December 17-18, 2012 — Galveston, Texas
When we got to Galveston, it was very cloudy out, but the drive in was beautiful. There were palm trees everywhere and seeing the ocean for the first time there was magnificent. We made it to the state park where we would be volunteering and took lots of cool pictures at the sign. After talking to the front office, it was nighttime, so we had to wait until the next morning to start our service. After watching the amazing sunrise on the beach and eating breakfast, Charlie and I headed out to the beach to pick up trash. We split up and picked up everything from shoes to glowsticks to cigarettes. It was a nice few hours where literally nothing was on my mind. After spending my time peacefully helping out, it left me thinking what more I could do to always be helping like I had. I wish I could do it everyday, especially seeing the effect it had on the thankful people we helped.
December 19, 2012 — New Orleans, Louisiana
We headed into the city this morning to work in the soup kitchen. It actually turned into a different task since they needed help outside of the soup kitchen. Instead, our job was to tend to the church’s garden, which had been covered in trash from bars and belongings of the homeless. The church ended up locking the garden up to keep out the homeless. I had to hop the fence to get in. I picked up every piece of trash on the inside while Charlie cleared the front.
December 20, 2012 — Memphis, Tennessee
In the city, we found another soup kitchen that needed our help. It was a Boys’ Center that provided many services to the less fortunate. We got there early and attended a Bible Service with those in need of a helping hand. Then, we walked around serving them a heaping plate full of pizza, ham, spaghetti, carrots, green beans, bread, dessert, and glasses of water. We probably served around a hundred people in need. After lunch, we stayed around and helped with the cleanup process. We had to wash off all the tables, break them down and stack up all the chairs. I left there very happy with my work. Although I wasn’t ready to head home for Christmas yet, I was happy I got to experience something I love to do at such an extent where the only goal every single day was finding a way to help people.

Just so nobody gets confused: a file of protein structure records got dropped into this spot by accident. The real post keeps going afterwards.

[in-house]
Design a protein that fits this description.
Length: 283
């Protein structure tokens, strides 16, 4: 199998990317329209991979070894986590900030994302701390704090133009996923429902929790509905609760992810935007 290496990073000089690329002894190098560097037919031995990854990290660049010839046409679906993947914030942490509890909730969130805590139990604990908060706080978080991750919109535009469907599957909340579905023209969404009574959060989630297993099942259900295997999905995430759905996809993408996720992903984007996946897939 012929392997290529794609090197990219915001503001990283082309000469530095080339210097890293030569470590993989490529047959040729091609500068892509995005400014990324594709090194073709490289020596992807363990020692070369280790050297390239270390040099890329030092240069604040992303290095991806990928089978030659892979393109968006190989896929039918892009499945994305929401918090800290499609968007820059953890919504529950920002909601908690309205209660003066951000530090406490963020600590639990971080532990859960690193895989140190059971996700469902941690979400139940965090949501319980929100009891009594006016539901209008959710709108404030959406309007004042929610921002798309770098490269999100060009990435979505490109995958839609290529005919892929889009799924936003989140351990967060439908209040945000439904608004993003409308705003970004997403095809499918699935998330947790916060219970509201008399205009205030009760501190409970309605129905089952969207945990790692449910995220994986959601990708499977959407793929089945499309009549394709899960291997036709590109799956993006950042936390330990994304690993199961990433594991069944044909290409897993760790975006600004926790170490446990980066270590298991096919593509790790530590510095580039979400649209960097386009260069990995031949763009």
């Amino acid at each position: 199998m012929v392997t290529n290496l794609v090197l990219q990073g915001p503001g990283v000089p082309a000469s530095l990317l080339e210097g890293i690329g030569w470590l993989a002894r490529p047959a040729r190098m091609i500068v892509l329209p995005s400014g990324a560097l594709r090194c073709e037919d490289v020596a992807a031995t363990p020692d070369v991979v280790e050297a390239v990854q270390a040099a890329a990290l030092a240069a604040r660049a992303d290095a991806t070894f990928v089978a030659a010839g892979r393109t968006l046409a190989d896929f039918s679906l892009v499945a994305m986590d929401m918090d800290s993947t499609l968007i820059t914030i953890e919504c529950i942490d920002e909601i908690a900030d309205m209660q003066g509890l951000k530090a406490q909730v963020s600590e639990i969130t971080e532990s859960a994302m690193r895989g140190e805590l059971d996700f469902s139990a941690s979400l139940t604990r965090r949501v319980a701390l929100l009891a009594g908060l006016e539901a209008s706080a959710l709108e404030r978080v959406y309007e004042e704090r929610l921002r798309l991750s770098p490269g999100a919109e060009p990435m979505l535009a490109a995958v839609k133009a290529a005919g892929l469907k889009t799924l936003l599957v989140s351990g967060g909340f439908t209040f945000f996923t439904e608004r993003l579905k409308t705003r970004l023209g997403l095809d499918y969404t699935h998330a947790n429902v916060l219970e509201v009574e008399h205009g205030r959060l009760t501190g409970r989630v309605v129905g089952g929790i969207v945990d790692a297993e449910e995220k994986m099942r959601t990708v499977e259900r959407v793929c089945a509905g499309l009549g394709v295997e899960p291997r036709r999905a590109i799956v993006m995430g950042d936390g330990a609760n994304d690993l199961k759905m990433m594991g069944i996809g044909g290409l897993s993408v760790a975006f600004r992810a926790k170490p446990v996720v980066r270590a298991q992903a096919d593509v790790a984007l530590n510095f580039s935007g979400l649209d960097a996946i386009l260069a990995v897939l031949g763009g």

January 15, 2013 — Atlanta, Ga.
It was hard to understand that I had to come back to reality. I wanted to be able to travel the U.S. to help people everyday. I thought about any possible way I could have enough money to get by so I could volunteer like that all the time. Although I don’t have it all figured out, I plan to graduate from Georgia State with a business degree and start some sort of organization to help the less fortunate. This experience made me realize I would love to help people every day of my life; it’s something I truly love. It also opened my eyes to a lot of the smaller things in life. How grateful small businesses were for my help showed that you don’t need to be an NFL player or absolute genius to make a difference in someone’s life. It makes you appreciate what you have so much more — whether it’s a shower, a bed, clothes or food. I learned this first hand since I went day to day not knowing if I would get a shower or a bed. I wish my trip didn’t have to end. Even though it did, that doesn’t mean I will stop living my life with integrity. Being altruistic is to be selfless and I strive to do so everyday. More importantly, I hope I can make an impact on others to do the same.